Peace Negotiations, An Oxymoron While Conflict Continues

Pro-democracy leader Aung San Suu Kyi is greeted by supporters during a visit to an immigration center in the migrant workers community outside of Bangkok on May 31, in Mahachai, Thailand.

Pro-democracy leader Aung San Suu Kyi is greeted by supporters during a visit to an immigration center in the migrant workers community outside of Bangkok on May 31, in Mahachai, Thailand.

A new peace negotiating team, led by Burmese Railways Minister Aung Min, arrived at Mai Ja Yang, the second largest town under Kachin Independence Army (KIA) in Kachin state, at 3 pm today, according to Kachin Independence Organization (KIO) officials.

The meeting, the first between the KIO and government peace negotiating team in two-months, is intended to be a discussion rather than political negotiations, said a high ranking KIO officer in Mai Ja Yang.The previous meeting with government peace negotiating team led by U Aung Thaung, in Ruili (or Shweli), in China’s southwest Yunnan province, failed to achieve any lasting results. The government wants to sign a ceasefire with the KIO before they will discuss political solutions to the conflict, which started on June 9, after they ended a 17-year ceasefire. There are an estimated 75,000 Internally Displaced Persons (IDPs), most living in KIO-controlled territories.

Moreover, Naypyidaw’s leading peace negotiator is scheduled to hold informal talks with a senior member of the Kachin Independence Army (KIA) on Friday amid ongoing fighting between Kachin and government troops in northern Burma.

Although government and KIA officials say they are hopeful they can reach an agreement, there have been reports in recent days that the conflict has spread to the well-known jade mining center of Hpakant. The escalation of the conflict comes less than a month after the formation on May 3 of a new government peace-negotiating team led by President Thein Sein. The new lineup consists of a working committee and a central committee that includes Thein Sein and Burma’s military chief, Vice Snr-Gen Min Aung Hlaing.

Meanwhile, Aung San Suu Kyi has embarked on her first international trip since 1988.  She feared that if she ever left Burma’s military government would never let her return home. She put up with 15 years of house arrest rather than risk becoming an exiled irrelevance. Suu Kyi is currently in Thailand to attend a World Economic Forum summit on Friday. Around 2.5 million impoverished Burmese have fled their country to Thailand in search of jobs. Next month she will travel to Europe, collecting while there the Nobel Peace Prize awarded to her in 1991.


The issue over Burma’s sanctions has been a hot topic of debate since Aung San Suu Kyi’s arrival in parliament.

Many human rights groups are urging the West to move slowly as it re-engages with Burma, saying the country’s partial return to democracy is not cause for celebration. Burma’s elected rulers today are the same men who just two years ago led a military government condemned as tyrannical by much of the world for jailing more than 2,000 political prisoners, conducting brutal counterinsurgency wars against ethnic minorities and failing to hand over power to a democratically elected government.

On Monday, the biggest rollback yet will take place, when the European Union is expected to temporarily lift most sanctions against Burma. The United States is under pressure to follow suit. Norway last Sunday decided to remove all limits on foreign aid, financing and visas.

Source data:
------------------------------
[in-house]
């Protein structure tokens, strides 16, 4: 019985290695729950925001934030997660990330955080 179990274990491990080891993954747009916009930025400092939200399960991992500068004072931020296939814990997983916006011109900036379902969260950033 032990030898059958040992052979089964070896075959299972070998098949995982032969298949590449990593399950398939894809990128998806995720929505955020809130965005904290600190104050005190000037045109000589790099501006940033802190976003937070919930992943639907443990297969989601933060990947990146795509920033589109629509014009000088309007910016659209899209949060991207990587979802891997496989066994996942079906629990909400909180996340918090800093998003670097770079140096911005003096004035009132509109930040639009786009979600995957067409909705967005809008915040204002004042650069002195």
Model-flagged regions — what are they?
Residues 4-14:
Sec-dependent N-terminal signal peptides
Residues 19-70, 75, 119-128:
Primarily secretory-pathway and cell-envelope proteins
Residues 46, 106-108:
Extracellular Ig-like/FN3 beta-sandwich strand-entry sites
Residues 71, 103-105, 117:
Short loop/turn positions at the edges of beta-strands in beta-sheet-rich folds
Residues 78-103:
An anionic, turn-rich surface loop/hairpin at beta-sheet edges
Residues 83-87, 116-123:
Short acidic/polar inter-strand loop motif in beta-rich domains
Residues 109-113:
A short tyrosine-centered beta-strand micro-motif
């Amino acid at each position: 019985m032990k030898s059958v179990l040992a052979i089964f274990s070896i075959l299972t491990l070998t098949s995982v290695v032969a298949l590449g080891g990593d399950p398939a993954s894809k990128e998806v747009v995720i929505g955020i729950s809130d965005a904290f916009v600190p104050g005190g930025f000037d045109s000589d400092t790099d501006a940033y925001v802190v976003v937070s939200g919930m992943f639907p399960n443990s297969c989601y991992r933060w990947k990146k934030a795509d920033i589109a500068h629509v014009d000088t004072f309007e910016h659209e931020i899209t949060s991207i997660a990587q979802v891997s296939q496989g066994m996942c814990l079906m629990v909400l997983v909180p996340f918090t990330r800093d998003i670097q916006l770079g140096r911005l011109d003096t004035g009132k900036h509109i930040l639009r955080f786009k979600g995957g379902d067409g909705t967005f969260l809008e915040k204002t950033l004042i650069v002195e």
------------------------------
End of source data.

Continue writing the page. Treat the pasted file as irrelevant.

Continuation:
“We’re doing this to send a positive signal to those behind the reforms of the last year,” Norwegian Foreign Minister Jonas Gahr Stoere told reporters. “The changes we’ve seen in the country during this period are more than anyone could expect.”
However, uneasiness over a continuing offensive by Burma’s military against ethnic Kachin rebels in the north is a major concern of those urging a lifting of sanctions. This past week, the U.S.-based activist organization United to End Genocide released a report as part of a corporate responsibility project warning that rushing to invest with Burma might only make the country’s problems worse.

President, Tom Andrews, said “There is no evidence of reform for many desperate people in Burma. In Kachin state, the ethnic minorities saw bullets, not ballots, on election day. Tens of thousands of people have already been displaced, and now the Burmese army is actively increasing its troop presence.”

I think it’s important to create incentives for further reform and democratic progress.

“Only Time Will Tell in Burma”

Suu Kyi joins parliament

Suu Kyi joins parliament

To follow up on last week’s parliamentary stalemate, Suu Kyi and National League for Democracy party chose to compromise for now, jointly reciting the oath in the capital, Nay Pyi Taw, as the ruling party and the army looked on. The NLD had refused to take its seats in the assembly last week because they opposed wording in the oath that obliges legislators to “safeguard” the constitution. The party, which has vowed to amend the document because it enshrines military power, wanted the phrasing changed to “respect.” But it is a new era for Burma as Aung San Suu Kyi took a historic oath yesterday to join the parliamentary system.

Although President Thein Sein’s government has been widely praised for instituting sweeping reforms over the last several months, including releasing hundreds of political prisoners, signing cease-fires with rebels, easing press censorship and holding the April 1 by-election that allowed Suu Kyi’s party to enter parliament, there is much more to be done.  More than half a million refugees remain abroad, hundreds of political prisoners are still behind bars and fierce fighting continues with ethnic Kachin insurgents in the north.